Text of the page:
On paper, it just makes so much sense that physicians and patients would turn to chronic weight control management therapies offered by VIVUS (VVUS) and Arena Pharmaceuticals (ARNA) as in addition to proper diet and exercise to lose weight. But paper is where this fairy tale abruptly ends.
It has been nothing short of a nightmare for both VIVUS' Qsymia and Arena Pharmaceuticals' Belviq since they were brought to market -- each with some similar and unique problems.
VIVUS & Arena's nightmarish year
Qsymia made it to market about a year before Arena's Belviq, but it was slower than molasses in winter out of the starting gate. Part of that can be blamed on the fact that VIVUS has chosen to go it alone without a marketing partner. It does allow VIVUS to reap the rewards of Qsymia's full sales potential, but it also means bearing all of Qsymia's marketing expenses and relying on a less experienced sales staff.
Another problem VIVUS ran into was that insurers were slow to add the fat-fighting drug to their covered medications list. This meant a number of patients were paying for Qsymia out of their own pockets early on, with some choosing to leave their prescriptions sitting on pharmacy shelves rather than pay.
Lastly, Qsymia's less favorable safety profile in relation to Belviq has partially held it back. Based on the phase 3 comparisons, Qsymia delivered more impressive overall weight-loss results, but Belviq had the preferential safety profile that would likely make it the dominant weight control management choice among physicians. To add insult to injury, Qsiva (the brand name for Qsymia in the EU) was turned away in Europe because of long-term safety concerns, which the Committee for Medicinal Products for Human Use, or CHMP, felt VIVUS had not addressed in its studies.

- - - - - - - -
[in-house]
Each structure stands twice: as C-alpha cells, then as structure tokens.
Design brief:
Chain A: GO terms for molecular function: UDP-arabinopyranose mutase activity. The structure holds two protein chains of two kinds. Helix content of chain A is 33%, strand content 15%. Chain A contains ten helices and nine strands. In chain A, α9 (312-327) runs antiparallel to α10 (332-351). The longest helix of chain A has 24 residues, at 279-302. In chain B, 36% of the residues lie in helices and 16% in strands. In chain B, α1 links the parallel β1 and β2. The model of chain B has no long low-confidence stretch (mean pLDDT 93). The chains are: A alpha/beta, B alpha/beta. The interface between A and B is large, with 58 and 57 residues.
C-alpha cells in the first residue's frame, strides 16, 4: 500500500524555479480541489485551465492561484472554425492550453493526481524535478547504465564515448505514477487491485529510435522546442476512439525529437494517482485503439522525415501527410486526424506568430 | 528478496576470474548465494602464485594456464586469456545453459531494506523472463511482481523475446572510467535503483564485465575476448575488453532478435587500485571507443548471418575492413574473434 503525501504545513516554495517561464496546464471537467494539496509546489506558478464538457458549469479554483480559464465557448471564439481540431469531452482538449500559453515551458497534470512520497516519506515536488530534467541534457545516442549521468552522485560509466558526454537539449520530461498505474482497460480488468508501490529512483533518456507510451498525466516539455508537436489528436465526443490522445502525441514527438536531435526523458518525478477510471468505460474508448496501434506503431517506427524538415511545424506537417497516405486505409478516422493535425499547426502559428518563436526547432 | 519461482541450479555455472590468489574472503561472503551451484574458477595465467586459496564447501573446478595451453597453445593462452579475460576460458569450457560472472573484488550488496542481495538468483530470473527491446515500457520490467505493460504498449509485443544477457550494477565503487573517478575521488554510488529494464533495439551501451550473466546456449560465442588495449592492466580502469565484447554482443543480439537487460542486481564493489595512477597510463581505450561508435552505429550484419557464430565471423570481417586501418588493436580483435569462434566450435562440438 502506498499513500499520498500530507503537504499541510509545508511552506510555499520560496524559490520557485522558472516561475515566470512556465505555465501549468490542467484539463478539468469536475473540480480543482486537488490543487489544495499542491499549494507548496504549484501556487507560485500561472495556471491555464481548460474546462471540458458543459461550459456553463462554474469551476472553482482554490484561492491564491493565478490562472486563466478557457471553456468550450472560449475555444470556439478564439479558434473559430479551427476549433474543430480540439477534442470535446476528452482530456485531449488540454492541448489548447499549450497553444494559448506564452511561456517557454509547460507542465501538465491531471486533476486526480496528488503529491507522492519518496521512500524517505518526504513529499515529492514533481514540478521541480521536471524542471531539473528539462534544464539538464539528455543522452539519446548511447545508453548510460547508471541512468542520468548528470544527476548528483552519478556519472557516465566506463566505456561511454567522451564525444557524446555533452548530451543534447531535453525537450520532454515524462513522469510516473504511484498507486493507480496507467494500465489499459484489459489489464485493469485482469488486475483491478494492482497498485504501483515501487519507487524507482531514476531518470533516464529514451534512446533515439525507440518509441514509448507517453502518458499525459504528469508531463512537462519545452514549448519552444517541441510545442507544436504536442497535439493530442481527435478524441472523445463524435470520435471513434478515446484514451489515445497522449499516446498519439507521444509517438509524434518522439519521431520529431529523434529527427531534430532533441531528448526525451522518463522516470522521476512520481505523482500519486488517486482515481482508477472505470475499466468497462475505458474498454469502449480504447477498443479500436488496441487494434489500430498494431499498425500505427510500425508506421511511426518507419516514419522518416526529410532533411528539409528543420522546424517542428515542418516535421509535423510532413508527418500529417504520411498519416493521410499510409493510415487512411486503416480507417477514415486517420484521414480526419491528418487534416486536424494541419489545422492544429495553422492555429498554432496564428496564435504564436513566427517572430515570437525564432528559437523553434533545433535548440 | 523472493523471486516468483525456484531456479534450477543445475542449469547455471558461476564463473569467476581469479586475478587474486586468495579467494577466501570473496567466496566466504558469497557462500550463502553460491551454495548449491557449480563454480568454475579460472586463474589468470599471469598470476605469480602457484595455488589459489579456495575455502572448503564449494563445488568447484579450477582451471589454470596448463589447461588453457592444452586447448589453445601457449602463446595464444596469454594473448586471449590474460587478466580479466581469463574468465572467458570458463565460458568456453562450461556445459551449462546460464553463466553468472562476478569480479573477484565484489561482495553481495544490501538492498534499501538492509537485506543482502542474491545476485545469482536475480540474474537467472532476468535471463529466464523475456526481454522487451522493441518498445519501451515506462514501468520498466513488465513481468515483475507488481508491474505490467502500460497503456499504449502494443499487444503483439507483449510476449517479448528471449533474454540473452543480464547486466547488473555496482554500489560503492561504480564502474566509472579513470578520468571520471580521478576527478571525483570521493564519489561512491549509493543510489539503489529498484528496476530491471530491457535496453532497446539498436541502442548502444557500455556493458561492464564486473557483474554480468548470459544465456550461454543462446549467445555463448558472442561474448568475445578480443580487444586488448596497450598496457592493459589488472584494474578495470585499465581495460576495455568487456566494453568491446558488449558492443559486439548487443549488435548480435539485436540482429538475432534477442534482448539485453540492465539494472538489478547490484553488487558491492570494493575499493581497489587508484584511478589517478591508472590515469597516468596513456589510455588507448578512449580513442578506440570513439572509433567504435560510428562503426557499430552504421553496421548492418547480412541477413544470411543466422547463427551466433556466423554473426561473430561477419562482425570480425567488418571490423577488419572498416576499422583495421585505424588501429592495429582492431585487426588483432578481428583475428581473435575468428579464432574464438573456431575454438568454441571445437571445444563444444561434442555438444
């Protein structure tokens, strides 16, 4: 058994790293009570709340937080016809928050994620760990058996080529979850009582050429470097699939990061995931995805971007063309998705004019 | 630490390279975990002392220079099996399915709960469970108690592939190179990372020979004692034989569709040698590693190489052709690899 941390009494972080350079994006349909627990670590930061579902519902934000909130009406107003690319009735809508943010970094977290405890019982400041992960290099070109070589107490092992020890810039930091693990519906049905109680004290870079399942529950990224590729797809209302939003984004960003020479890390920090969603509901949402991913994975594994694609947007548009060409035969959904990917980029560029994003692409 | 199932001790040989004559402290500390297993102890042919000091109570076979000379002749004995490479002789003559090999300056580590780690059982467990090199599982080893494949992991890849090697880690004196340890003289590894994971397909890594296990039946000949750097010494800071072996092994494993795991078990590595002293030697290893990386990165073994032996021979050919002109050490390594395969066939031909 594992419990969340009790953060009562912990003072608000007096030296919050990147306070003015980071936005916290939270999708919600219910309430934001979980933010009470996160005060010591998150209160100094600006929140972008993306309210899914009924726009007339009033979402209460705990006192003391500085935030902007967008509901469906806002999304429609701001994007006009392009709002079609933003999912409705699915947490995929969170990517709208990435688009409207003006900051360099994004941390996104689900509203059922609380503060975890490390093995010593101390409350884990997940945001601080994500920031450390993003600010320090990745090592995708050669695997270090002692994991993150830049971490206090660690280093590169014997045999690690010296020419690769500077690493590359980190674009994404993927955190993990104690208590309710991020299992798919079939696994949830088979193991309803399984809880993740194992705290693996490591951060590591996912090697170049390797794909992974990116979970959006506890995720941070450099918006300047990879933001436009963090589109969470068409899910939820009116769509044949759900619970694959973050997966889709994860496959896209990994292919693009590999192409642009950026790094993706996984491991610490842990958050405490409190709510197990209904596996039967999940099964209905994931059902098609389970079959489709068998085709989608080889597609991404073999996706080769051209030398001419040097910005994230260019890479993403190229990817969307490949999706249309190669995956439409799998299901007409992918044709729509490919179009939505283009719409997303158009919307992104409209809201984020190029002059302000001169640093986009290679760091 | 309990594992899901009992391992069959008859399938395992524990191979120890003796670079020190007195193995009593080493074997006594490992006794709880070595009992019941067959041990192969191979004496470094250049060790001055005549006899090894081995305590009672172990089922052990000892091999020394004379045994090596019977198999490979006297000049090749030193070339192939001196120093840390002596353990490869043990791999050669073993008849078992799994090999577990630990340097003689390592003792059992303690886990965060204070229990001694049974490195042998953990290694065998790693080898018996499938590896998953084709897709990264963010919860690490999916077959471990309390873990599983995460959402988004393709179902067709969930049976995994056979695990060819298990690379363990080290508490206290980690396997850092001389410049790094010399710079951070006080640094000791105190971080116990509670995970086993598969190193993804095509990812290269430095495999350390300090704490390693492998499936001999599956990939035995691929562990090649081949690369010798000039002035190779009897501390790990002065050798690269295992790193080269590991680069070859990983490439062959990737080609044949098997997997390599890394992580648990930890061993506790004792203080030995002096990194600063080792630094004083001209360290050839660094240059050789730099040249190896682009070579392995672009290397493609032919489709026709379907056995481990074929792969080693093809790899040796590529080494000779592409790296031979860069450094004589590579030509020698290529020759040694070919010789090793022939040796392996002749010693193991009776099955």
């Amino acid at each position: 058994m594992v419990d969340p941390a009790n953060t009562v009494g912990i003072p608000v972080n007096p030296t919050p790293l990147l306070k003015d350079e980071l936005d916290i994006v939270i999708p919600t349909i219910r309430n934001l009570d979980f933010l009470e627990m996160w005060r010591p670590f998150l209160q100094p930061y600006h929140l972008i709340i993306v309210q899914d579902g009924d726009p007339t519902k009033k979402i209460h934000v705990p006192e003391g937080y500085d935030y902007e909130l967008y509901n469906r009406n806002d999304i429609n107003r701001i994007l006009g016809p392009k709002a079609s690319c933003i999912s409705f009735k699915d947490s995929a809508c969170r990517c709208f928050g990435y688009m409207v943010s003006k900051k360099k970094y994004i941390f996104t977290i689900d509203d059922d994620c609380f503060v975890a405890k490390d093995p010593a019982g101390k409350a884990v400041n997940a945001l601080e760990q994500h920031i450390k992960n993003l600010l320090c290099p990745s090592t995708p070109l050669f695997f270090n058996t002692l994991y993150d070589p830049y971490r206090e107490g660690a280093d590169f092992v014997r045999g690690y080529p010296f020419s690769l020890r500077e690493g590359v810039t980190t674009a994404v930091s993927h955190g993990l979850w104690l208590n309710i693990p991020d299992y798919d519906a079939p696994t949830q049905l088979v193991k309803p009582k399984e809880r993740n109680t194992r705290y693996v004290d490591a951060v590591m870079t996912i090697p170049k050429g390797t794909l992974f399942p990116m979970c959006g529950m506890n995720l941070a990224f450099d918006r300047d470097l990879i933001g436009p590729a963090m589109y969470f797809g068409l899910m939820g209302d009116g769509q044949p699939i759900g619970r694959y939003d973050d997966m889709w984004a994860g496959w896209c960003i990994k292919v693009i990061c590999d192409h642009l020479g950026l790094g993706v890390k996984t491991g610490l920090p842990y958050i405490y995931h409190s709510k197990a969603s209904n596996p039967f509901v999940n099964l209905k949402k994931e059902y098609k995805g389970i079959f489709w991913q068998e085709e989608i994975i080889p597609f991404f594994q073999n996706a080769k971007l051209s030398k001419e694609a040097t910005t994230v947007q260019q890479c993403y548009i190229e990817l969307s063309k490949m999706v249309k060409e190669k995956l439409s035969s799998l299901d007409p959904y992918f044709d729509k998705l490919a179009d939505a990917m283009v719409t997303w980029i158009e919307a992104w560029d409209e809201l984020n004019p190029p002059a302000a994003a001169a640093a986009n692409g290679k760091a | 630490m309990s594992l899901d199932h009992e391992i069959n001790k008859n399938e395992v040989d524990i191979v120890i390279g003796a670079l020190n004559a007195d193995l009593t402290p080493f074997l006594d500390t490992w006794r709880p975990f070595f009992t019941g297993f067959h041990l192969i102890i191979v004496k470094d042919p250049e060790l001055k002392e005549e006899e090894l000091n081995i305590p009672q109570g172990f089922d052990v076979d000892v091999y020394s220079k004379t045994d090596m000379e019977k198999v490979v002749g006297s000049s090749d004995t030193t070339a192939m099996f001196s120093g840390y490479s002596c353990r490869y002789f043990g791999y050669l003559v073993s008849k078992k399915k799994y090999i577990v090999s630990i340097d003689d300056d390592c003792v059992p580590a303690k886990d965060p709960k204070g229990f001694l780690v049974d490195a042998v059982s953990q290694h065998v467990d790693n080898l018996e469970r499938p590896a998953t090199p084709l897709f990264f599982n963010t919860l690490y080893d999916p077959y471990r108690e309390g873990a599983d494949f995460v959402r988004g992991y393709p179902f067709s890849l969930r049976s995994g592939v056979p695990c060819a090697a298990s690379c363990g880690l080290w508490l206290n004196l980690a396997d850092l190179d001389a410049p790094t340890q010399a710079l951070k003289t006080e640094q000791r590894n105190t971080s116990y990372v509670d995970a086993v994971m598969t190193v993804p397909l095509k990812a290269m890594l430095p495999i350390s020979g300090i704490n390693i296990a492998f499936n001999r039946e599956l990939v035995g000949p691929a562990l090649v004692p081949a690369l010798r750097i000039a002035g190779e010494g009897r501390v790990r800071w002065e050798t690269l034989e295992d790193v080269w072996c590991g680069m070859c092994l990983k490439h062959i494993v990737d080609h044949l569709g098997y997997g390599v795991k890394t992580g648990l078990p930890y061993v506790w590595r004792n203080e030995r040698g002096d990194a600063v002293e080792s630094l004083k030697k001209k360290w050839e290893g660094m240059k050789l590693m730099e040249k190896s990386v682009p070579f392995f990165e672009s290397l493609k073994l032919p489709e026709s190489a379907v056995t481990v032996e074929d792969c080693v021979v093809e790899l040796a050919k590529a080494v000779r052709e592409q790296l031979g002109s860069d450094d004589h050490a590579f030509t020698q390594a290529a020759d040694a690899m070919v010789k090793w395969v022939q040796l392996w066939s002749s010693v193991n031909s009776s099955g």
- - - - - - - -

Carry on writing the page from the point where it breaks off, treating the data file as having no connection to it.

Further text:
The problem is that if you thought Arena Pharmaceuticals was going to be in much better shape, then you'd have been equally as wrong!
Arena's Belviq was delayed by a year because of scheduling by the Drug Enforcement Agency, and only made it to pharmacy shelves toward the end of Arena's second quarter of fiscal 2013. Belviq has suffered a similar fate to Qsymia in that insurers have been slow to adopt coverage, making it a tough sell to the public. In addition, Belviq pulled its marketing authorization application in Europe long before the European Medicines Agency would have been able to render a decision, as it realized its drug was on a similar path as Qsiva if it pursued a marketing authorization.
Is this as good as it gets?
Within the past week, we've received confirmation of just how poor sales of these two purported blockbusters have been. For the full year, Qsymia sales totaled just $23.7 million for VIVUS while Belviq racked up $16.8 million in global sales through two-and-a-half quarters.
Keep in mind Belviq's sales are split between marketing partner Eisai (ESALY -2.76%) and Arena, which gets a 31.5% royalty interest on sales of the drug.
Obviously, having a strong marketing partner like Eisai is helping Arena, and the fact that Eisai is doubling its marketing force is only expected to translate into faster sales growth for Belviq; but I have to wonder, is this really as good as it gets?